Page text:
After Lord Lyttelton had thus answered Lord Chatham' s objections to the religious tendency of the Bill, he proceeded to shew why he approved of the general policy of it: he said, he would not pretend to be sufficiently versed in the deep science of politics to affirm whether or no a better system of legislation might not have been invented, but that he insisted upon the code contained in the Bill to be conformable to the genius of the country over which it is to be exercised; that it was consistent with the political notions of the inhabitants, and the form of Government to which they had been accustomed; that forms of Government must always be suited to the dispositions of the governed, and infinitely varied in different climates; that


the mild Constitution of this country would be rejected with contempt by the sons of despotism in Asia, and the excess of liberty happily spread over England, would degenerate to an excess of licentiousness in Canada. As to the idea of the noble Earl, that this political separation of Canada from the rest of America might be a means of dividing their interests, and that French Canada would in a future day be used as a proper instrument to quell British America, Lord Lyttelton said, he was not apprehensive of these consequences; but that if British America was determined to resist the lawful power and pre-eminence of Great Britain, he saw no reason why the loyal inhabitants of Canada should not co-operate with the rest of the Empire in subduing them, and bringing them to a right sense of their duty; and he thought it happy, that, from their local situation, they might be some check to those fierce fanatic spirits that, inflamed with the same zeal which animated the Round-heads in England, directed that zeal to the same purposes, to the demolition of regal authority, and to the subversion of all power which they did not themselves possess; that they were composed of the same leaven, and whilst they pretended to be contending for liberty, they were setting up an absolute independent Republic, and that the struggle was not for freedom, but power, which was proved from the whole tenor of their conduct, even to demonstration.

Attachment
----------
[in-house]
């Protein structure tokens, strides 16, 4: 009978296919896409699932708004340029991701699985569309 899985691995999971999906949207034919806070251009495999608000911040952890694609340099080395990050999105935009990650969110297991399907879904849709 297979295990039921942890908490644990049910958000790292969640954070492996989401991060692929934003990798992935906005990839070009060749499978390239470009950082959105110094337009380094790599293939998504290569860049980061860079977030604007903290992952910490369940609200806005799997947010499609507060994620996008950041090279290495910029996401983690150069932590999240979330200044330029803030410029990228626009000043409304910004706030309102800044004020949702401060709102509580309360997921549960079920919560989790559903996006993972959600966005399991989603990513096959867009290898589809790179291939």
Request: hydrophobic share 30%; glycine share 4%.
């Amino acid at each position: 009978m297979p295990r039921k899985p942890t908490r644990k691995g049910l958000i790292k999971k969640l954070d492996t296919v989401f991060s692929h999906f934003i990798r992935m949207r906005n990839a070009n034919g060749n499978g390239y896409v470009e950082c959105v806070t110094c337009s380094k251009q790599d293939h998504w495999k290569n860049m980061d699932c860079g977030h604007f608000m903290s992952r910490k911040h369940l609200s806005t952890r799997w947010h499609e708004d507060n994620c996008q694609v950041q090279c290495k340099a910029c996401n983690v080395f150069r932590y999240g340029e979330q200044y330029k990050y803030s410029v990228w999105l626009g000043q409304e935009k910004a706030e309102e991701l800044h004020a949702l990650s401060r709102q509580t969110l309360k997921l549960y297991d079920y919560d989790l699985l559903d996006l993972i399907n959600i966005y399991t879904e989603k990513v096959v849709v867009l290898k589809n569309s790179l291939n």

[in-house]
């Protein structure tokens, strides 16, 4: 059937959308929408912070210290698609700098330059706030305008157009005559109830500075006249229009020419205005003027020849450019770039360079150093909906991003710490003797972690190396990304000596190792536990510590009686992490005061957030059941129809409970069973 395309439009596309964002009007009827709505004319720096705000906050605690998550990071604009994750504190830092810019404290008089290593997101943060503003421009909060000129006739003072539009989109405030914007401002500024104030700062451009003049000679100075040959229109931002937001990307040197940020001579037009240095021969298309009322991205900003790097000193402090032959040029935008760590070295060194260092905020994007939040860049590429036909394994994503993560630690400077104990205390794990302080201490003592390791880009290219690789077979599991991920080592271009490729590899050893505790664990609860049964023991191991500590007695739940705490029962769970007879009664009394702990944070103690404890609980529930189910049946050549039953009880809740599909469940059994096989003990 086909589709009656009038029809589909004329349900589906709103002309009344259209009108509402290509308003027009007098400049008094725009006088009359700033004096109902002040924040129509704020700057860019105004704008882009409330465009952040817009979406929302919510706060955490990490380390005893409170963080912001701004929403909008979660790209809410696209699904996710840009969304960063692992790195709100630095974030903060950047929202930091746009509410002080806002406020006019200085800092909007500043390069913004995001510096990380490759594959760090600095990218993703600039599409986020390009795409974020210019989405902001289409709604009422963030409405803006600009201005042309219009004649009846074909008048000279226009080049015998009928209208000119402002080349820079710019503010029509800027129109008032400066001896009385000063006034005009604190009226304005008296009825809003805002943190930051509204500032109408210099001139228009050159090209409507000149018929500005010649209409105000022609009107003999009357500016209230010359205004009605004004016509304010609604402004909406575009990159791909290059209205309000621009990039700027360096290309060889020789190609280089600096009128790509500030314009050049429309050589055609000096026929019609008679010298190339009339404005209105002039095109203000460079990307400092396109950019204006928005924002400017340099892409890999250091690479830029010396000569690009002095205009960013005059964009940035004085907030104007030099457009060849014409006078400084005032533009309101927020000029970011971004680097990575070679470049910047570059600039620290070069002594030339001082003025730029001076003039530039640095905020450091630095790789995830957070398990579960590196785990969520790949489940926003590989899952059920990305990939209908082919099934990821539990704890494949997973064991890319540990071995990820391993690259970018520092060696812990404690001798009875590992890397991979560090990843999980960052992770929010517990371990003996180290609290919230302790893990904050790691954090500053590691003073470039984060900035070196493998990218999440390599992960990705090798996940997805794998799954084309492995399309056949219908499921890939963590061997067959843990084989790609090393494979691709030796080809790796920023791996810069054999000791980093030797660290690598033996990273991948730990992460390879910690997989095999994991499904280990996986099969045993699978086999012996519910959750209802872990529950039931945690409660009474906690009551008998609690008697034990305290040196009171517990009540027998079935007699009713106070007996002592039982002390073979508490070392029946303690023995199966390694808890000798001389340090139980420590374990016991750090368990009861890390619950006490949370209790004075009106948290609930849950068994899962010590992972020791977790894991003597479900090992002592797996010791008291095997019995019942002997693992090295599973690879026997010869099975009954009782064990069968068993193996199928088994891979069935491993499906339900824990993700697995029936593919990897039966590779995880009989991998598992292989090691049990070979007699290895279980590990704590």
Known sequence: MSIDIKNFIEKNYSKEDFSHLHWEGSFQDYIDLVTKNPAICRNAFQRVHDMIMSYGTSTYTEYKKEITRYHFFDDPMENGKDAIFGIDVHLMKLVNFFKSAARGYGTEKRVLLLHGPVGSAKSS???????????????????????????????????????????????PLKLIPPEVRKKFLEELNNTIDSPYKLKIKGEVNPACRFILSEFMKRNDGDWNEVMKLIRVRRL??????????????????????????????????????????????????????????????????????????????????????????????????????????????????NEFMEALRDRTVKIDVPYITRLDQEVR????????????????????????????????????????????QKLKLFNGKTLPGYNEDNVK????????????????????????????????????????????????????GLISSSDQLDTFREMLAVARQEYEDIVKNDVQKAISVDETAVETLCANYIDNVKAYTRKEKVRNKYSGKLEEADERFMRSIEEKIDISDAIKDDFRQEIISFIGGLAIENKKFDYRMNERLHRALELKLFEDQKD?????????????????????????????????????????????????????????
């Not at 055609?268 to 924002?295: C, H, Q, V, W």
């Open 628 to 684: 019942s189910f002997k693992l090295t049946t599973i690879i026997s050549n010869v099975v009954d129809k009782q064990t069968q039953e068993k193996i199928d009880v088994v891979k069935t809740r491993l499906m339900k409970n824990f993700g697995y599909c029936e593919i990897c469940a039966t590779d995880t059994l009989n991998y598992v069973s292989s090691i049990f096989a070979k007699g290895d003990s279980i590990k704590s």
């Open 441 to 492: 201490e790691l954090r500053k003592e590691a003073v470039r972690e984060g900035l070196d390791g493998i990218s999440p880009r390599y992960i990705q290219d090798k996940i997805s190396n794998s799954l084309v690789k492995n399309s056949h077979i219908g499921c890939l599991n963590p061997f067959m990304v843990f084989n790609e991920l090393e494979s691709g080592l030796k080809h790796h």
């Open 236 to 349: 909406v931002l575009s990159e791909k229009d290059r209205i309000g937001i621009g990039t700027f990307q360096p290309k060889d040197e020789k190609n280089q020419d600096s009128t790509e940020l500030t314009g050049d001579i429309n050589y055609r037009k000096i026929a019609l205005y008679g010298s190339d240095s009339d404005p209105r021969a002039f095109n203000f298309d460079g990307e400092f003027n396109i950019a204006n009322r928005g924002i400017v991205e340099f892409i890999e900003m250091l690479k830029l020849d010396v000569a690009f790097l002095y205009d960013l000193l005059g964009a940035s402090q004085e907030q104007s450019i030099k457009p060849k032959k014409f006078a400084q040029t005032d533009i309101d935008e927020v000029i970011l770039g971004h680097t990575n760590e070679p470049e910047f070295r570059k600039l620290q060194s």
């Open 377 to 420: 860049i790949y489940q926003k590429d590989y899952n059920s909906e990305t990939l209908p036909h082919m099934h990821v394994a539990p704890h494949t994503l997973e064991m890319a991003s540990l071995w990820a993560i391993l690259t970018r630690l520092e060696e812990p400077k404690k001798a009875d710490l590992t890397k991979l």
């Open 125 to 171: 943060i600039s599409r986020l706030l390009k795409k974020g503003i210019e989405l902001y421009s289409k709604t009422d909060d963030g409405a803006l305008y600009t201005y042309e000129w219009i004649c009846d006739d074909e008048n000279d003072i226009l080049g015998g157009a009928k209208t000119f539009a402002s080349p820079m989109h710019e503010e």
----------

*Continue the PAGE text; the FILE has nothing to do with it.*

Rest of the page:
Bill Passed

The question was then put, and the House divided:

Contents, 26; Non-Contents, 7.

So it was resolved in the Affirmative.

Lords in the Minority

The following Lords were the minority: the Duke of Gloucester, the Earls Chatham, Coventry, Effingham, and Spencer, the Lords Sandys, and King.